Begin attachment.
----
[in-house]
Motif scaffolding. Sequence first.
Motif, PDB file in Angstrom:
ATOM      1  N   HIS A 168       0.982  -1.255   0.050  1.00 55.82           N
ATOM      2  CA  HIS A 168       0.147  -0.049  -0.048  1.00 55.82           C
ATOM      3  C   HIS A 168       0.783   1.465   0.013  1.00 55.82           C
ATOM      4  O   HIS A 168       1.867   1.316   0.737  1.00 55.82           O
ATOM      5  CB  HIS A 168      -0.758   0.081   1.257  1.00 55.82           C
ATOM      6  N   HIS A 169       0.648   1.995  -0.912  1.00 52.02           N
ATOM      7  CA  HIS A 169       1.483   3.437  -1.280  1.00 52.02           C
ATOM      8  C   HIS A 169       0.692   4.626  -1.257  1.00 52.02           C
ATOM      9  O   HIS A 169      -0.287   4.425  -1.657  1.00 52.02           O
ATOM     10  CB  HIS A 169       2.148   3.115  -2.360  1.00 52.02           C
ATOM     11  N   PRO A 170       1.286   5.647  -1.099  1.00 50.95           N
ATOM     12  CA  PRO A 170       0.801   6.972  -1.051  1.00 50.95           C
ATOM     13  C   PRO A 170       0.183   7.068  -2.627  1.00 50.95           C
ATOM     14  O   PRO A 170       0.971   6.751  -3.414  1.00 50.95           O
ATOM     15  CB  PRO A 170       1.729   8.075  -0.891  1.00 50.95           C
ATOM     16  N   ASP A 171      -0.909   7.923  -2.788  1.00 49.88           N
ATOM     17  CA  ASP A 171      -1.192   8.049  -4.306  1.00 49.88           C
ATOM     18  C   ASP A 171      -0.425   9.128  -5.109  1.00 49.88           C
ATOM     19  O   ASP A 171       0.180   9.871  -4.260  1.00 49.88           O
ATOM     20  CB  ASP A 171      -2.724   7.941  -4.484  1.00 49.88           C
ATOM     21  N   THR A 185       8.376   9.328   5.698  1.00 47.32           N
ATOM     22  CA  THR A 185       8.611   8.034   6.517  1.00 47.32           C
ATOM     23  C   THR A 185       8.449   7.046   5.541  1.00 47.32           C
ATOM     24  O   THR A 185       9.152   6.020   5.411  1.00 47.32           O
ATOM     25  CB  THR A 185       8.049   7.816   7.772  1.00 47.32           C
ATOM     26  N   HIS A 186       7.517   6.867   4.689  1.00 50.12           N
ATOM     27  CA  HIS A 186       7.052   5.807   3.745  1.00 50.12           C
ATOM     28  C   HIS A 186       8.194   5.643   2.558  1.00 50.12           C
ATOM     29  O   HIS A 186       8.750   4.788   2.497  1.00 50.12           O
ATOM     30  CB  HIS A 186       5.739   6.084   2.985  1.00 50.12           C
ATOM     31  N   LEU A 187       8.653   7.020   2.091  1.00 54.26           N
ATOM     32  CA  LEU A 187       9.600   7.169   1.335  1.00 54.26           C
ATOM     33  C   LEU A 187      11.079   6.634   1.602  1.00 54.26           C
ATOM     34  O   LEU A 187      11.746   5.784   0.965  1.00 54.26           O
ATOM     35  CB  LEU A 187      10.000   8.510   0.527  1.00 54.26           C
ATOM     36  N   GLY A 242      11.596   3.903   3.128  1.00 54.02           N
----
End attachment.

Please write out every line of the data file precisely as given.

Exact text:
[in-house]
Motif scaffolding. Sequence first.
Motif, PDB file in Angstrom:
ATOM      1  N   HIS A 168       0.982  -1.255   0.050  1.00 55.82           N
ATOM      2  CA  HIS A 168       0.147  -0.049  -0.048  1.00 55.82           C
ATOM      3  C   HIS A 168       0.783   1.465   0.013  1.00 55.82           C
ATOM      4  O   HIS A 168       1.867   1.316   0.737  1.00 55.82           O
ATOM      5  CB  HIS A 168      -0.758   0.081   1.257  1.00 55.82           C
ATOM      6  N   HIS A 169       0.648   1.995  -0.912  1.00 52.02           N
ATOM      7  CA  HIS A 169       1.483   3.437  -1.280  1.00 52.02           C
ATOM      8  C   HIS A 169       0.692   4.626  -1.257  1.00 52.02           C
ATOM      9  O   HIS A 169      -0.287   4.425  -1.657  1.00 52.02           O
ATOM     10  CB  HIS A 169       2.148   3.115  -2.360  1.00 52.02           C
ATOM     11  N   PRO A 170       1.286   5.647  -1.099  1.00 50.95           N
ATOM     12  CA  PRO A 170       0.801   6.972  -1.051  1.00 50.95           C
ATOM     13  C   PRO A 170       0.183   7.068  -2.627  1.00 50.95           C
ATOM     14  O   PRO A 170       0.971   6.751  -3.414  1.00 50.95           O
ATOM     15  CB  PRO A 170       1.729   8.075  -0.891  1.00 50.95           C
ATOM     16  N   ASP A 171      -0.909   7.923  -2.788  1.00 49.88           N
ATOM     17  CA  ASP A 171      -1.192   8.049  -4.306  1.00 49.88           C
ATOM     18  C   ASP A 171      -0.425   9.128  -5.109  1.00 49.88           C
ATOM     19  O   ASP A 171       0.180   9.871  -4.260  1.00 49.88           O
ATOM     20  CB  ASP A 171      -2.724   7.941  -4.484  1.00 49.88           C
ATOM     21  N   THR A 185       8.376   9.328   5.698  1.00 47.32           N
ATOM     22  CA  THR A 185       8.611   8.034   6.517  1.00 47.32           C
ATOM     23  C   THR A 185       8.449   7.046   5.541  1.00 47.32           C
ATOM     24  O   THR A 185       9.152   6.020   5.411  1.00 47.32           O
ATOM     25  CB  THR A 185       8.049   7.816   7.772  1.00 47.32           C
ATOM     26  N   HIS A 186       7.517   6.867   4.689  1.00 50.12           N
ATOM     27  CA  HIS A 186       7.052   5.807   3.745  1.00 50.12           C
ATOM     28  C   HIS A 186       8.194   5.643   2.558  1.00 50.12           C
ATOM     29  O   HIS A 186       8.750   4.788   2.497  1.00 50.12           O
ATOM     30  CB  HIS A 186       5.739   6.084   2.985  1.00 50.12           C
ATOM     31  N   LEU A 187       8.653   7.020   2.091  1.00 54.26           N
ATOM     32  CA  LEU A 187       9.600   7.169   1.335  1.00 54.26           C
ATOM     33  C   LEU A 187      11.079   6.634   1.602  1.00 54.26           C
ATOM     34  O   LEU A 187      11.746   5.784   0.965  1.00 54.26           O
ATOM     35  CB  LEU A 187      10.000   8.510   0.527  1.00 54.26           C
ATOM     36  N   GLY A 242      11.596   3.903   3.128  1.00 54.02           N